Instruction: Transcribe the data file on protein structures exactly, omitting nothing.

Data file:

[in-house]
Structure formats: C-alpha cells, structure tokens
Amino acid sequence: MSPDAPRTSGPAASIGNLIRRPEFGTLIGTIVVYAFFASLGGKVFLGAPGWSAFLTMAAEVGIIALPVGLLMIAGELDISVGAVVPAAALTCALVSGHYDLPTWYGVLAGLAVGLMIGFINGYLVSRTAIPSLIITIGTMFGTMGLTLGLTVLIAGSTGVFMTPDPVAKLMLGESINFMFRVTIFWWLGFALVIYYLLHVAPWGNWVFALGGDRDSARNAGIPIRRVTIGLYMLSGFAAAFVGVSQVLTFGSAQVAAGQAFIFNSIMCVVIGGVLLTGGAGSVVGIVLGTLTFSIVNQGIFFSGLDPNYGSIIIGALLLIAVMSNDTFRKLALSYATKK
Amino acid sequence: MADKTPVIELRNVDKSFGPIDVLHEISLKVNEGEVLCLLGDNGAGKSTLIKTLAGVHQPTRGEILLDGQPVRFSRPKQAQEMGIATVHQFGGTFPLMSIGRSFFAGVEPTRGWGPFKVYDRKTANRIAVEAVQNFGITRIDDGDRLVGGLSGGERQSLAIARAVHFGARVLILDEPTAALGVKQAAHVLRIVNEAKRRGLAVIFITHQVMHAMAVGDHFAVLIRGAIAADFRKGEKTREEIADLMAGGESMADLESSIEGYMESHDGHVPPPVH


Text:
[in-house]
Structure formats: C-alpha cells, structure tokens
Amino acid sequence: MSPDAPRTSGPAASIGNLIRRPEFGTLIGTIVVYAFFASLGGKVFLGAPGWSAFLTMAAEVGIIALPVGLLMIAGELDISVGAVVPAAALTCALVSGHYDLPTWYGVLAGLAVGLMIGFINGYLVSRTAIPSLIITIGTMFGTMGLTLGLTVLIAGSTGVFMTPDPVAKLMLGESINFMFRVTIFWWLGFALVIYYLLHVAPWGNWVFALGGDRDSARNAGIPIRRVTIGLYMLSGFAAAFVGVSQVLTFGSAQVAAGQAFIFNSIMCVVIGGVLLTGGAGSVVGIVLGTLTFSIVNQGIFFSGLDPNYGSIIIGALLLIAVMSNDTFRKLALSYATKK
Amino acid sequence: MADKTPVIELRNVDKSFGPIDVLHEISLKVNEGEVLCLLGDNGAGKSTLIKTLAGVHQPTRGEILLDGQPVRFSRPKQAQEMGIATVHQFGGTFPLMSIGRSFFAGVEPTRGWGPFKVYDRKTANRIAVEAVQNFGITRIDDGDRLVGGLSGGERQSLAIARAVHFGARVLILDEPTAALGVKQAAHVLRIVNEAKRRGLAVIFITHQVMHAMAVGDHFAVLIRGAIAADFRKGEKTREEIADLMAGGESMADLESSIEGYMESHDGHVPPPVH